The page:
While waiting to hear back on submissions, one of the best things to do is to envelop yourself in other writing projects. Today, I sit at my laptop, ready to begin the in-depth revisions of my latest novel. For the first time ever, I began this particular novelling journey by composing a Query Letter, then I mapped out the entire novel using Scrivener’s Cork Board. I write about my discovery and first impressions of that software, here. This manuscript, which began as an exercise in how to use the famed software, has developed into a really fun adventure about Misty Dawn and Violet, two college girls whose attempts to beef up their social statuses end them up at a ranch in Wyoming for Spring Break.
Through the years, I have learned that I am a very lean writer. Drafting a novel, for me, always ends in low word counts, with just the skeleton of the story, start to finish, played out. I am known for including phrases like “(scene about a car chase will go here)” and “(scene with their first date details will go here)” into my first drafts, because, well, when a story comes to me, I need to get the thing sketched out. Good, bad, or otherwise, my plan is to go back and fill in the details later. I guess that you could say that my first drafts are merely embellished sketches of the blueprint.
In the past, I have edited my manuscripts in phases, and saving each phase of revision as a new draft. If you are interested, here is the process I follow to edit my draft:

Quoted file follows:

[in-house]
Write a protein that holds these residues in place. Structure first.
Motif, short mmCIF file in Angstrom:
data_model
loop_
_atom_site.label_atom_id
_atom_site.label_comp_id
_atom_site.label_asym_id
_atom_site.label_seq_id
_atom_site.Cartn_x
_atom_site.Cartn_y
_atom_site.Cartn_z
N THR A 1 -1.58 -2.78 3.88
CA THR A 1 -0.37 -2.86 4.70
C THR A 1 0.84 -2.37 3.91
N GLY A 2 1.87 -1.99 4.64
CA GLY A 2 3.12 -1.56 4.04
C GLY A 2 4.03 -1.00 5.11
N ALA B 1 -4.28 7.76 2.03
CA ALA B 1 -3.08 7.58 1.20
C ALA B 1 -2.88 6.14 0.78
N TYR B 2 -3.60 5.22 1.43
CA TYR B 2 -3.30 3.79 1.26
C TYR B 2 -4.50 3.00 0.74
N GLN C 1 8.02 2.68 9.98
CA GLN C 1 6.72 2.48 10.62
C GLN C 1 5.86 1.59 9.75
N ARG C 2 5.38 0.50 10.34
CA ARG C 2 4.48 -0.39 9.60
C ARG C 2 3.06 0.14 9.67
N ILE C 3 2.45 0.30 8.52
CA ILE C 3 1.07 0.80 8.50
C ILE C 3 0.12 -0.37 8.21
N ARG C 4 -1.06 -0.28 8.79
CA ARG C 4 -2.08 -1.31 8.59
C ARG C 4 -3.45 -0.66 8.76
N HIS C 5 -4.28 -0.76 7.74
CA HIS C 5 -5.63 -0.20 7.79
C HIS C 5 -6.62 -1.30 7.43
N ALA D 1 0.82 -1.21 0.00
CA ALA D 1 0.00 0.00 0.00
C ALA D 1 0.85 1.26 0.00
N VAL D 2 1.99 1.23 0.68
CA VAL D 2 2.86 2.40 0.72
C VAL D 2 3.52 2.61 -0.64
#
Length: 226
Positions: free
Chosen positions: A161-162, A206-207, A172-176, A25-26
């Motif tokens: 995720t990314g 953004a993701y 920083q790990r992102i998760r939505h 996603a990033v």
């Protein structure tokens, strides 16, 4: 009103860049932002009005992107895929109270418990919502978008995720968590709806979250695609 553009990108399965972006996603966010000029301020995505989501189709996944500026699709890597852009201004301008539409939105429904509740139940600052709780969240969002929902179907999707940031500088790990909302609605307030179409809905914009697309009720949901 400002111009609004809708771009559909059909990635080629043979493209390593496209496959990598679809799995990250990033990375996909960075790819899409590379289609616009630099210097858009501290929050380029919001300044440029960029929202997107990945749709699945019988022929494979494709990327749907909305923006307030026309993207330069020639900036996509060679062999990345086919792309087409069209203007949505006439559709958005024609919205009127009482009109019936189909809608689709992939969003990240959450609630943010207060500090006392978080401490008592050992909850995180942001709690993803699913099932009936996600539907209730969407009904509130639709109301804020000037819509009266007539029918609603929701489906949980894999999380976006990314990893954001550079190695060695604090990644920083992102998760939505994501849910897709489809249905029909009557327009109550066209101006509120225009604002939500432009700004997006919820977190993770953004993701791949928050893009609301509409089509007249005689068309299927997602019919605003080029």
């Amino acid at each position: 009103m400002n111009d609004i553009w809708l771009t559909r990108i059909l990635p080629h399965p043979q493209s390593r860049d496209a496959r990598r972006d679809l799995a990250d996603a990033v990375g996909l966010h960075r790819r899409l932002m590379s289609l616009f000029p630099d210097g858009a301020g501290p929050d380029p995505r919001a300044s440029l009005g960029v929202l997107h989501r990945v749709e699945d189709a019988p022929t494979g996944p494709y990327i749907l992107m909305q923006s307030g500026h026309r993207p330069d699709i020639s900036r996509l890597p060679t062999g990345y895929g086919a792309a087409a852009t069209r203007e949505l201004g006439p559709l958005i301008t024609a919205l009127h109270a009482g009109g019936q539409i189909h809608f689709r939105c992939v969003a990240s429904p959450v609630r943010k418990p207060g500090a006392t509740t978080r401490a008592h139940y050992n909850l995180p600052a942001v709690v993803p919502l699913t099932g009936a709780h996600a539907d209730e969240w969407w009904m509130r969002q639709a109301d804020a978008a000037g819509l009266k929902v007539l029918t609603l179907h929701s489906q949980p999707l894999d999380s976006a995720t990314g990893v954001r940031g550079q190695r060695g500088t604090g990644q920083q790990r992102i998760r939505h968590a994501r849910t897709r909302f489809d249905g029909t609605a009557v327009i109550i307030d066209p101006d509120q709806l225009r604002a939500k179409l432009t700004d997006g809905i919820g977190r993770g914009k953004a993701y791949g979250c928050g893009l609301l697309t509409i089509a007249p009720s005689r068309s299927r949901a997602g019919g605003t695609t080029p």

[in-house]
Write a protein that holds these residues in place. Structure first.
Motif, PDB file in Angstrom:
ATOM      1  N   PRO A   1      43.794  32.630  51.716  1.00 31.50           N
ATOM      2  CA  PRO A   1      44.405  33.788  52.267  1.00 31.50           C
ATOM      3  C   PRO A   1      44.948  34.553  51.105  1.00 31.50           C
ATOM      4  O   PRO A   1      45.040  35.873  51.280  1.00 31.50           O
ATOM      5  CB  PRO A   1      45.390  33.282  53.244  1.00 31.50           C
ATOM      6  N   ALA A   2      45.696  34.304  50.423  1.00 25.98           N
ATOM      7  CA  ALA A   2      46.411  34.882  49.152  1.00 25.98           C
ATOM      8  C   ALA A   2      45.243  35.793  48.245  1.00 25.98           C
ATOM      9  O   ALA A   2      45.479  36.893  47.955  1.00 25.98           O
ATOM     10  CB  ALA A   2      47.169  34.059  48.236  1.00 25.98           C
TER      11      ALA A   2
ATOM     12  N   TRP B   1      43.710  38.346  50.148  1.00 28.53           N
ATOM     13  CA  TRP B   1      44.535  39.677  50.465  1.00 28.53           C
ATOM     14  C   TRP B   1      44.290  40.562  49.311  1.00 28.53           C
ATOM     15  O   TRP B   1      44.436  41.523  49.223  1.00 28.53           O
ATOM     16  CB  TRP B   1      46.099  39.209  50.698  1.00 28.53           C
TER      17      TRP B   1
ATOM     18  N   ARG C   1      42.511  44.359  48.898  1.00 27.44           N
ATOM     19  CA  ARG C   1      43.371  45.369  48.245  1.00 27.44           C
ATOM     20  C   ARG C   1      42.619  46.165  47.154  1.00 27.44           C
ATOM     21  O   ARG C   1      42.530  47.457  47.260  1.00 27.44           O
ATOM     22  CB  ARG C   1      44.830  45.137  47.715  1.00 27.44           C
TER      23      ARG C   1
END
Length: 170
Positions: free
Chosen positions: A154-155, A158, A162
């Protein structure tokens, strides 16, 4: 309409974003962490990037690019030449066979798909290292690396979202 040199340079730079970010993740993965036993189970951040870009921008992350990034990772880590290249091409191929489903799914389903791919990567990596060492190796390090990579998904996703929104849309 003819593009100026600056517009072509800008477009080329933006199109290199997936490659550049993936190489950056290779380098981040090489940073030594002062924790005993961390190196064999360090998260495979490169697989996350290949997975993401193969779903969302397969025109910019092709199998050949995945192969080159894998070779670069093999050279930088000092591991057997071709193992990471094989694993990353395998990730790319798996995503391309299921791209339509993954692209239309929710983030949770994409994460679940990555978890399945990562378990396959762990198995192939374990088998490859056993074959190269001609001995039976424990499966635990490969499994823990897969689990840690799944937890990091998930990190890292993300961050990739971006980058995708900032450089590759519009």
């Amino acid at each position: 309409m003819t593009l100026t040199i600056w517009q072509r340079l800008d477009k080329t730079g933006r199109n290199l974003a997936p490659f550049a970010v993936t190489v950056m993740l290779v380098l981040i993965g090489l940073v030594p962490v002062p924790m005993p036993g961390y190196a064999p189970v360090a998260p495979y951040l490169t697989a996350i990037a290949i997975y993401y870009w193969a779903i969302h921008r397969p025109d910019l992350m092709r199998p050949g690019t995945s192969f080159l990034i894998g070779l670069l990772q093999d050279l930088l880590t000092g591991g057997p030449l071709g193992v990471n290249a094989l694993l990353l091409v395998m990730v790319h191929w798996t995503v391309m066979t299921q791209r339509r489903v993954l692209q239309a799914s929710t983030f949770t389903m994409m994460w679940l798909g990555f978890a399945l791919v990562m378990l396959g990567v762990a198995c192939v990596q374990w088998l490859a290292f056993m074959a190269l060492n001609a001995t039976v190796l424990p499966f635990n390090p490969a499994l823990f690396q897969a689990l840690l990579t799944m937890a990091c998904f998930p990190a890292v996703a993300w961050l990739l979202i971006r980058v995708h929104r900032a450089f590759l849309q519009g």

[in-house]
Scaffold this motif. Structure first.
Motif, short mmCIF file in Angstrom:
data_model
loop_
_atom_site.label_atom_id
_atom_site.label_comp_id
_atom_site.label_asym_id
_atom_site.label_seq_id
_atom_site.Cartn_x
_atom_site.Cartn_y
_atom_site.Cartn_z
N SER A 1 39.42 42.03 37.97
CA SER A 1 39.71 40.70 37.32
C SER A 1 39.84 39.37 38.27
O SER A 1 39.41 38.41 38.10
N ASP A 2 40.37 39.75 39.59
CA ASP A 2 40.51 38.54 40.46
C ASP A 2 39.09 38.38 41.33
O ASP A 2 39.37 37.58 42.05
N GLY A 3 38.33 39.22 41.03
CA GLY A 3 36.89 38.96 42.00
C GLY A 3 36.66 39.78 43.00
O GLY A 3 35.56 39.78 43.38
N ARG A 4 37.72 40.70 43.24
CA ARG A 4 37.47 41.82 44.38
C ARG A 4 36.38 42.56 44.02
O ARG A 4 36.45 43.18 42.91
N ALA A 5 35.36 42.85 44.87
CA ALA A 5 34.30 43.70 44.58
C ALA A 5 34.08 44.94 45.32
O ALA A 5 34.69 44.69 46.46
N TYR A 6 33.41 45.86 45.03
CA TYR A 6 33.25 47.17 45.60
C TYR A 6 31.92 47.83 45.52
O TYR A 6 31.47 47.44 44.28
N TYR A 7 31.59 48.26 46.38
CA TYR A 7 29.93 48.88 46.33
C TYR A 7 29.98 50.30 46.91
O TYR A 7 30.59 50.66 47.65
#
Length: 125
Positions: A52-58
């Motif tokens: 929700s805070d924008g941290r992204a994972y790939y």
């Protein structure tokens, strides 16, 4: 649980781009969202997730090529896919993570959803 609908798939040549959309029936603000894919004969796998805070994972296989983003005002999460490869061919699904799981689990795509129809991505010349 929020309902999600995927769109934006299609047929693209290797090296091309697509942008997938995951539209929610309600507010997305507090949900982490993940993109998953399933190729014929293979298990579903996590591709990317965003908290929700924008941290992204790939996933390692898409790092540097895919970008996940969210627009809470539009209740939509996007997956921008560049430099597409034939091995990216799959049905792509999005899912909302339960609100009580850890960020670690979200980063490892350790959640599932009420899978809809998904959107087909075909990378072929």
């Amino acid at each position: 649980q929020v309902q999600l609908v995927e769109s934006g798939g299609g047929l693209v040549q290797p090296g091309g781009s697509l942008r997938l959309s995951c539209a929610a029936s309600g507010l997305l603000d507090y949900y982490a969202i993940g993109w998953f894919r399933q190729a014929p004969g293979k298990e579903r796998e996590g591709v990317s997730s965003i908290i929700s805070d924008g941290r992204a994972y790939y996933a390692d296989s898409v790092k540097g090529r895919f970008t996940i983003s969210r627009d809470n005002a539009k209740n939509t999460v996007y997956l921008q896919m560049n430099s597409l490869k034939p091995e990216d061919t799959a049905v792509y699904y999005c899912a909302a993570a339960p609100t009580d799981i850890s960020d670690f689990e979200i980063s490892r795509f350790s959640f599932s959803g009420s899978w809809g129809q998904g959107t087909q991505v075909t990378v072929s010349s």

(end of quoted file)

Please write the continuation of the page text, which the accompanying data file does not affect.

Phase 1-Plot Holes: Print out one copy of the draft. Read through it in its entirety, looking for large plot-holes or gaps in the story. Flag them with a sticky. After the reading is complete and flagged, go through and fill in the gaps, as best as you can. Save it as a new draft. This part goes pretty quick for me.
Phase 2-Main Character Validity and Plot: Print out one copy of the draft. Read through it looking at the character arc of your main characters, reviewing for plot along the way. Use sticky flags to mark problem plot areas. With pen, directly on the printout, make notes about your character’s progression through the novel. Go back through and make necessary changes. Save it as a new draft.
Phase 3- Supporting Characters, Main Characters, and Plot: Print out a copy of the draft. Read through it to see how the supporting characters enhance the story arc and main characters. Make changes as necessary. Eliminate anything that doesn’t work. I sometimes revisit my original outline at this point to see if there is anything I missed and want to use. Save it as a new draft.
Phase 4-Spelling/Grammer: I don’t usually use a hard copy for this part. Go through the latest draft in Word looking for these errors.
Once I have gone through these four phases, I feel like I can send it to beta readers, either in chunks of chapters or as an entire document, depending on the reader. This year, though, with my Misty Dawn draft, I took part in SC Author’s “Become An Agent” contest, mostly because I had the QL already finished, and I felt I could get the first 250 words in order for it as well. Here is a link to my entry.
So now, here I sit, with the amazing suggestions from the other contest entrants about my early novel, poised and ready to begin Phase 1 of my editing process.
Please share how you approach editing your novels below. And if you don’t follow me on Twitter, please do! I love to learn about this crazy writing process by connecting with other writers.